Bullying is intentional, hurtful and aggressive behaviour that makes others feel uncomfortable, scared or upset.
A person who shows bullying behaviour usually picks on another person’s looks, culture, race, religion, ethnicity, sexual orientation or gender identity.
Thought: Bullying doesn’t happen at our school.
Reality check: Bullying is serious – it affects more people than we realize.
- 1 in 3 Canadian teens say they’ve been bullied recently
- Almost half of Canadian parents say their kid has been bullied
- Students who identify as lesbian, gay, bisexual, trans-identified, two-spirited, queer or questioning (LGBTQ) are discriminated against three times more than heterosexual students
It’s important to know the difference between bullying and single acts of aggression or conflict. Not all mean or rude behaviour or conflict is bullying.
Understanding the difference helps when it comes to knowing how to intervene.
Mean: Saying or doing something on purpose to hurt someone without consistency
Mean behaviour aims to hurt someone. Kids are mean to each other when they criticize things about another person (e.g. clothing, intelligence, coolness, etc.). Usually, mean things are said impulsively and then often regretted later.
Mean behaviour can be triggered by feelings of anger, frustration or jealousy. A kid might say something mean to make themselves look better in comparison to another person.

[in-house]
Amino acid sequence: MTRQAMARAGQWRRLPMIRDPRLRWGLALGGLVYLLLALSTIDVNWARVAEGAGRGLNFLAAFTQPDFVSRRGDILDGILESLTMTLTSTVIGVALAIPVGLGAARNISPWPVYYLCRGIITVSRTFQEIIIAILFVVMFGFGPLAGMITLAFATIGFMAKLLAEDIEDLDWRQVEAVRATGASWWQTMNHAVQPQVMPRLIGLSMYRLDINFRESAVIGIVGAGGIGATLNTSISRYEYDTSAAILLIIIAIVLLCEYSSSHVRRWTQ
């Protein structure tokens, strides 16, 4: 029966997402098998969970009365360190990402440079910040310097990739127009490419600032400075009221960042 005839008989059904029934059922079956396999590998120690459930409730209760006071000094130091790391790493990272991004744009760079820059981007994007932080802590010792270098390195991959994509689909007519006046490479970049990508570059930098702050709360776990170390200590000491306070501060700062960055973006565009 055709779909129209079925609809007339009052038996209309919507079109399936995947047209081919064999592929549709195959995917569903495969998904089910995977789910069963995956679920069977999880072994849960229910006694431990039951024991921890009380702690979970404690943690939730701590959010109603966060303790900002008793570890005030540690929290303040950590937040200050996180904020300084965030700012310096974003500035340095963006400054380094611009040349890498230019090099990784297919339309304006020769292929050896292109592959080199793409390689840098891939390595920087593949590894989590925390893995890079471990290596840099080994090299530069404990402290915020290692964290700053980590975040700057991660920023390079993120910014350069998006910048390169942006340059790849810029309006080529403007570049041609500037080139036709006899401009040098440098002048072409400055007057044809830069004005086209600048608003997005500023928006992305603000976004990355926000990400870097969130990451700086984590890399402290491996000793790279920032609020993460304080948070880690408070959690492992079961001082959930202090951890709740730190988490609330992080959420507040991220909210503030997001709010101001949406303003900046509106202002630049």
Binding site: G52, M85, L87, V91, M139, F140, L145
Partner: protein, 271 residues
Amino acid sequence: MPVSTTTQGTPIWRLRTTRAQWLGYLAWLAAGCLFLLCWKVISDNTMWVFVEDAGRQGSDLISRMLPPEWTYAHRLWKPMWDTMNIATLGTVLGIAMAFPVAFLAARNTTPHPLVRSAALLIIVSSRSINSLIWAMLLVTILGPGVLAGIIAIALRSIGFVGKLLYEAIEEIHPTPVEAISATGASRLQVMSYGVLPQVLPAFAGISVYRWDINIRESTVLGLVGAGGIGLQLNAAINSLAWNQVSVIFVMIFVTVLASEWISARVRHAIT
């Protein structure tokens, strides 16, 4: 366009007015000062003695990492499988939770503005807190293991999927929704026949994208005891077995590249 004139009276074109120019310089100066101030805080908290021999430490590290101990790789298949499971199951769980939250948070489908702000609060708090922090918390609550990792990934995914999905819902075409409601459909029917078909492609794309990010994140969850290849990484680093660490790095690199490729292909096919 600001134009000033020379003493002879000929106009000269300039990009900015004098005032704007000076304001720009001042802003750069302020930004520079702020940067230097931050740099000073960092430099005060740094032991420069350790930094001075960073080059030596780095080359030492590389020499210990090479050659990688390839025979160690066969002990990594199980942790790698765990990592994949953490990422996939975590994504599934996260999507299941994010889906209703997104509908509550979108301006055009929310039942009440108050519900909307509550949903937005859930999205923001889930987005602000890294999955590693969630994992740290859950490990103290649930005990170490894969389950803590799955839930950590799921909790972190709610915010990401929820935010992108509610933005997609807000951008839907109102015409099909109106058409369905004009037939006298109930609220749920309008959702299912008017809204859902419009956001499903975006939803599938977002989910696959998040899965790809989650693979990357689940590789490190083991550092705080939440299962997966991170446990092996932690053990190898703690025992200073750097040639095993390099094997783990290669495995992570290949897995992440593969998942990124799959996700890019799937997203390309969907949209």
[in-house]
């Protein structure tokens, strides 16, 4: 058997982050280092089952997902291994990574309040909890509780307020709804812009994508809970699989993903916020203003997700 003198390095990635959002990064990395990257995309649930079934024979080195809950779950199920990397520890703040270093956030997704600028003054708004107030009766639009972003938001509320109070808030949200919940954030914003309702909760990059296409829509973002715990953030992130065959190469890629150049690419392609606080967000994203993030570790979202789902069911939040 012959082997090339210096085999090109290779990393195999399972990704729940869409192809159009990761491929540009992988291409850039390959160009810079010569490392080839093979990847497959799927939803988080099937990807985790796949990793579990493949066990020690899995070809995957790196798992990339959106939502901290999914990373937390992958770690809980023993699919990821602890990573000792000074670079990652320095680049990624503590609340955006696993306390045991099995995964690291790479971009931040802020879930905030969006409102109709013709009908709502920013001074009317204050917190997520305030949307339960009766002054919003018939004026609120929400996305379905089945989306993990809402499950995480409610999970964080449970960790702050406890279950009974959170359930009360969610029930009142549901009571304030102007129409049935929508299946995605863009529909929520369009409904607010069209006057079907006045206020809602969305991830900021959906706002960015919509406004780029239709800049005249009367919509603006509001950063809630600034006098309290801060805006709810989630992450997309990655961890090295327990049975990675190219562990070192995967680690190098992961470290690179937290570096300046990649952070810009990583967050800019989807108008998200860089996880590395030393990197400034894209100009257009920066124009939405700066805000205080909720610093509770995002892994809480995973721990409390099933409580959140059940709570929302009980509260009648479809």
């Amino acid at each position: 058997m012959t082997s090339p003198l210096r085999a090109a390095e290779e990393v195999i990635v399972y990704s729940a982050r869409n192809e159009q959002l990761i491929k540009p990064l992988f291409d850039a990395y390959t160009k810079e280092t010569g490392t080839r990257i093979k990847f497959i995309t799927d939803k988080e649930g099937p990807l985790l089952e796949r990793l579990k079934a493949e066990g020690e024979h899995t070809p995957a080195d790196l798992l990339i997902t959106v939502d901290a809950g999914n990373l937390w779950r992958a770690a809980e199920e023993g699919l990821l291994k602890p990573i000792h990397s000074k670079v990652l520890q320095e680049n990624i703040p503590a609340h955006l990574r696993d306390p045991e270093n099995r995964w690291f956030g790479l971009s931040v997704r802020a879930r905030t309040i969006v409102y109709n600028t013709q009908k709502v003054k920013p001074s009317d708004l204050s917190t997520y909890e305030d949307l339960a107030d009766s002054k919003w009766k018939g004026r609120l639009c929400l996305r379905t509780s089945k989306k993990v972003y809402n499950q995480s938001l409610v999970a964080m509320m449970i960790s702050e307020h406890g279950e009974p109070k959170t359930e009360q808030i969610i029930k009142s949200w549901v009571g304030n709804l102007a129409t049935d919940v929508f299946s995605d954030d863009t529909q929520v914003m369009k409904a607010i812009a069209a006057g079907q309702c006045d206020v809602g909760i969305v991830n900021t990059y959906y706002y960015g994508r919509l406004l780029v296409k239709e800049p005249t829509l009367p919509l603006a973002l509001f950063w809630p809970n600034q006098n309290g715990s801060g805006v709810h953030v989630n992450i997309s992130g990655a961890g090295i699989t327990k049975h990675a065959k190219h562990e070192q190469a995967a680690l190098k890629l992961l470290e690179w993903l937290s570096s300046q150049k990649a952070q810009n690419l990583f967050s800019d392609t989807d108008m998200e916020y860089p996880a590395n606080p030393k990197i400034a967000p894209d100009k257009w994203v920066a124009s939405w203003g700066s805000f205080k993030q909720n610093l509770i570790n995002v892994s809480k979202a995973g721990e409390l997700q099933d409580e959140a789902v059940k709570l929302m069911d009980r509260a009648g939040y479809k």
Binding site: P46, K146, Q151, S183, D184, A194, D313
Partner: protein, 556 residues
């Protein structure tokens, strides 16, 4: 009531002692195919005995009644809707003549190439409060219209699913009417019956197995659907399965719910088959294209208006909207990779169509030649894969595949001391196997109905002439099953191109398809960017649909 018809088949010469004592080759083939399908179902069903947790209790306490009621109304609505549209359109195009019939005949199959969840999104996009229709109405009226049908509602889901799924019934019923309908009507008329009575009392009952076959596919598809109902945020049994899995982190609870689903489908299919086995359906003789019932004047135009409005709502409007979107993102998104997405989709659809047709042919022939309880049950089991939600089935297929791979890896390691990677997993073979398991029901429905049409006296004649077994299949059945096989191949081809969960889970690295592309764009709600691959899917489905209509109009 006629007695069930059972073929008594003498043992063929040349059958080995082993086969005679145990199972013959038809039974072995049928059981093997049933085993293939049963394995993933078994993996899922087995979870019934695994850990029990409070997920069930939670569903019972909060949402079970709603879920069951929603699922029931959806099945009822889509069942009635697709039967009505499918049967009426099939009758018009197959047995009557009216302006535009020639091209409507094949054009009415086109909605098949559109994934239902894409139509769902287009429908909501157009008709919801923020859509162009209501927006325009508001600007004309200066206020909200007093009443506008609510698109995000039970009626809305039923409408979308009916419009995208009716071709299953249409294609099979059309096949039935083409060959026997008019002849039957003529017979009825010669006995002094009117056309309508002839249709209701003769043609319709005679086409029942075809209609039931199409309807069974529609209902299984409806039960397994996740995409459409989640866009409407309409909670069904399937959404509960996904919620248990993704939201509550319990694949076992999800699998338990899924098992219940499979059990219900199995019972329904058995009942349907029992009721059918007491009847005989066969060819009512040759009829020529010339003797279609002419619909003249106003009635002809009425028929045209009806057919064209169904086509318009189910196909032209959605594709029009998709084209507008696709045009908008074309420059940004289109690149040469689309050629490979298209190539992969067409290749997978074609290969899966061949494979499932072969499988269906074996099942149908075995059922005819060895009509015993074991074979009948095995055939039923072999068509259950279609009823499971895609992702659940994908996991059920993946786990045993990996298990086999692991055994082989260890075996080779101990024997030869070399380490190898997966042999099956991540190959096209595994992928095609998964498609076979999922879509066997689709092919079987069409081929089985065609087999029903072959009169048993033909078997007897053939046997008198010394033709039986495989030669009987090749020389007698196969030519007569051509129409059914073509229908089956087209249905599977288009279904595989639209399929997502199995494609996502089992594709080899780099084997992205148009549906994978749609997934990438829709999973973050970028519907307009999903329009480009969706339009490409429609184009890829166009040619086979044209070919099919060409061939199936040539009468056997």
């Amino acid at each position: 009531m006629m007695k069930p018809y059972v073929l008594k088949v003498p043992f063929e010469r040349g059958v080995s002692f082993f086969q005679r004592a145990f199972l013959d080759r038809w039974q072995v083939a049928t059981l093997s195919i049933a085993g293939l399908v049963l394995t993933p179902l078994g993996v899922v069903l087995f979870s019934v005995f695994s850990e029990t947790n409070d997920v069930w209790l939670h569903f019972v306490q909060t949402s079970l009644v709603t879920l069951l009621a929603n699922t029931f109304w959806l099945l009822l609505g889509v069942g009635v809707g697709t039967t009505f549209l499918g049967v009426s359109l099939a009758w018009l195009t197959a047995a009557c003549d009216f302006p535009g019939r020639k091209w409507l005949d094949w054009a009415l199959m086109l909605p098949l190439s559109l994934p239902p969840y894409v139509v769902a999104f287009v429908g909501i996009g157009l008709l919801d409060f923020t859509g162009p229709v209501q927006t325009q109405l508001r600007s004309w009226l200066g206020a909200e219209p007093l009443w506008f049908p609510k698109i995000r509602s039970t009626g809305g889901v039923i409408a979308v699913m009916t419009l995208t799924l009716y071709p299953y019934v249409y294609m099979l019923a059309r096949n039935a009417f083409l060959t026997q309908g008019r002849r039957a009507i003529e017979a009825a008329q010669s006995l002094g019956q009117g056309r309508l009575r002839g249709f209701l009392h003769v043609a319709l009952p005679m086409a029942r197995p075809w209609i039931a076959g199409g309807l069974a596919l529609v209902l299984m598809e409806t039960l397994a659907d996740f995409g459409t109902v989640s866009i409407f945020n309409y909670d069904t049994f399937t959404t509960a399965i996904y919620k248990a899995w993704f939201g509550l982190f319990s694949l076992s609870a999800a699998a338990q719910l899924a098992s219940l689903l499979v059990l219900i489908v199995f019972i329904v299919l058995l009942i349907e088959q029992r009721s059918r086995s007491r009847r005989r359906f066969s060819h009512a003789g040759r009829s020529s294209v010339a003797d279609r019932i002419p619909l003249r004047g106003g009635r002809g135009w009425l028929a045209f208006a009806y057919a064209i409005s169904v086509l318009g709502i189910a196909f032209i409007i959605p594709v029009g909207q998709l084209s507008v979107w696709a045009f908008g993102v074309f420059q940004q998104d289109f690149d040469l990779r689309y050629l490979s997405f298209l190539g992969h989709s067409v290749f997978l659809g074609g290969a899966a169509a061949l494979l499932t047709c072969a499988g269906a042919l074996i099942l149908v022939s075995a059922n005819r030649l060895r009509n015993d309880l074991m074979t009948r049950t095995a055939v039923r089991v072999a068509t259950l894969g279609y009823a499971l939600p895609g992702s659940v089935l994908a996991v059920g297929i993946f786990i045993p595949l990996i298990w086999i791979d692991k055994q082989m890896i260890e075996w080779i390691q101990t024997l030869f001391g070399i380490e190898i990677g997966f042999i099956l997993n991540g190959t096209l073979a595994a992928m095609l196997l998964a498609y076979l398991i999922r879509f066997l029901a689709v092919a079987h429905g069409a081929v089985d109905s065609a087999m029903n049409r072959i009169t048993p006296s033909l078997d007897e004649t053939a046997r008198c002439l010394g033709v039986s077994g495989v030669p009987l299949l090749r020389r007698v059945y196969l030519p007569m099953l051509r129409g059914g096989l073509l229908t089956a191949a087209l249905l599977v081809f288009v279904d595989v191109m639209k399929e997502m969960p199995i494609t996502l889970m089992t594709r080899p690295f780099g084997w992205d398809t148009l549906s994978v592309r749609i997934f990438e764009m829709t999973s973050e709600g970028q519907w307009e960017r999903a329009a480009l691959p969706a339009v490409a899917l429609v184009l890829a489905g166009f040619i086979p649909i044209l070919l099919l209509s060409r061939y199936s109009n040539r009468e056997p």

Being mean can sound like:
- "Are you seriously wearing that sweater again? Didn’t you just wear it, like, last week?"
- "Get a life."
- "You’re so fat/ugly/stupid."
- "I hate you!"
Mean behaviour causes damage. It’s behaviour that should not happen – it should be discouraged and stopped.
Conflict: A disagreement or difference between peers who have equal power
Conflict is an inevitable part of a group dynamic.
Here’s an example of conflict: Two girls on the basketball team are arguing with each other about losing a game. One of the girls blames the other for letting the opposing team knock the ball out of her hands before she could throw it. The other girl is saying it’s her teammate's fault because she didn’t pass the ball during the last few seconds of the game. They continue to fight until their coach gets involved and tells the girls to stop arguing.